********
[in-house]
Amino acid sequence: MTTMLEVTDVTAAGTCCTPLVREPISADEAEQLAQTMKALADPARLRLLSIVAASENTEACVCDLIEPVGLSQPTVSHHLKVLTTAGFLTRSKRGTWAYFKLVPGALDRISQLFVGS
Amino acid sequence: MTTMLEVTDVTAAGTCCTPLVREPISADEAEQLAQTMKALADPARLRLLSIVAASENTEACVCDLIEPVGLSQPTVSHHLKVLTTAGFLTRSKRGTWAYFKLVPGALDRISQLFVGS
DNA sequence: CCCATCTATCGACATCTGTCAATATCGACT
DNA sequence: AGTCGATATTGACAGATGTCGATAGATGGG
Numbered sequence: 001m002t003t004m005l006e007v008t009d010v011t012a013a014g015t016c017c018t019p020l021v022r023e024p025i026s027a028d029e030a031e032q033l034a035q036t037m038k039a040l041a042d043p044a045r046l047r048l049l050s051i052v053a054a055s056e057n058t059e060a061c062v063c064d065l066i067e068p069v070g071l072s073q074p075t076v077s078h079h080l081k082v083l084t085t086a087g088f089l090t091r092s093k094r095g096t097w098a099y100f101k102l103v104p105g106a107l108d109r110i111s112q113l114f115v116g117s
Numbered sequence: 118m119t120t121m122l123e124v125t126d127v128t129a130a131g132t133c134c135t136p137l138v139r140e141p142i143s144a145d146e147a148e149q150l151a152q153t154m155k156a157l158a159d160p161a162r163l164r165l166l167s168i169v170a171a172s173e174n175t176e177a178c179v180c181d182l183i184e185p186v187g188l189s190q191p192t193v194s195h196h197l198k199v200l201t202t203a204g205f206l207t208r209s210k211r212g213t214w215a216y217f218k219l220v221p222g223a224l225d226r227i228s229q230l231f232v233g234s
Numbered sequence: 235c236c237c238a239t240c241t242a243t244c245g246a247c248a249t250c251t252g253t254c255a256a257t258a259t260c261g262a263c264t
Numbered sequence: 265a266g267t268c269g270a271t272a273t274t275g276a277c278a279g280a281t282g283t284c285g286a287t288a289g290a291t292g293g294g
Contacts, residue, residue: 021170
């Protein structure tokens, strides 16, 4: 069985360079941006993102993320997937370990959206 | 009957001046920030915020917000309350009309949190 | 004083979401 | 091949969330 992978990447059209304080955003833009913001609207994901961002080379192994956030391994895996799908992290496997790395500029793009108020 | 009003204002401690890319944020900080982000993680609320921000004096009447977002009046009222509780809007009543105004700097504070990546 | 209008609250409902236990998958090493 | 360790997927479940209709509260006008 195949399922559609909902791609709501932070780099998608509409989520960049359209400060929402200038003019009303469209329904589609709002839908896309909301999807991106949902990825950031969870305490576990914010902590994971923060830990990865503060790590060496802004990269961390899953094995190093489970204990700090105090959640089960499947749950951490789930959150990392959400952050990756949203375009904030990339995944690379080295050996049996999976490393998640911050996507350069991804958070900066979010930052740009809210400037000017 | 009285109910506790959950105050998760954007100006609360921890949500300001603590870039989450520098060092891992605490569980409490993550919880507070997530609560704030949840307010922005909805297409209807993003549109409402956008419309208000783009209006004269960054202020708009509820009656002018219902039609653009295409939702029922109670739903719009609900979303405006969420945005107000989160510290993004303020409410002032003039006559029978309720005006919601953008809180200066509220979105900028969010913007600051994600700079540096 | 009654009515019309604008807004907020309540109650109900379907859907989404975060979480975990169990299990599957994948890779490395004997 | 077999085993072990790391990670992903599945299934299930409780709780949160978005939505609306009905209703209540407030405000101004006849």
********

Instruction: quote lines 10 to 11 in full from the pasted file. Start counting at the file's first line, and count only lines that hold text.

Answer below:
Contacts, residue, residue: 021170
């Protein structure tokens, strides 16, 4: 069985360079941006993102993320997937370990959206 | 009957001046920030915020917000309350009309949190 | 004083979401 | 091949969330 992978990447059209304080955003833009913001609207994901961002080379192994956030391994895996799908992290496997790395500029793009108020 | 009003204002401690890319944020900080982000993680609320921000004096009447977002009046009222509780809007009543105004700097504070990546 | 209008609250409902236990998958090493 | 360790997927479940209709509260006008 195949399922559609909902791609709501932070780099998608509409989520960049359209400060929402200038003019009303469209329904589609709002839908896309909301999807991106949902990825950031969870305490576990914010902590994971923060830990990865503060790590060496802004990269961390899953094995190093489970204990700090105090959640089960499947749950951490789930959150990392959400952050990756949203375009904030990339995944690379080295050996049996999976490393998640911050996507350069991804958070900066979010930052740009809210400037000017 | 009285109910506790959950105050998760954007100006609360921890949500300001603590870039989450520098060092891992605490569980409490993550919880507070997530609560704030949840307010922005909805297409209807993003549109409402956008419309208000783009209006004269960054202020708009509820009656002018219902039609653009295409939702029922109670739903719009609900979303405006969420945005107000989160510290993004303020409410002032003039006559029978309720005006919601953008809180200066509220979105900028969010913007600051994600700079540096 | 009654009515019309604008807004907020309540109650109900379907859907989404975060979480975990169990299990599957994948890779490395004997 | 077999085993072990790391990670992903599945299934299930409780709780949160978005939505609306009905209703209540407030405000101004006849």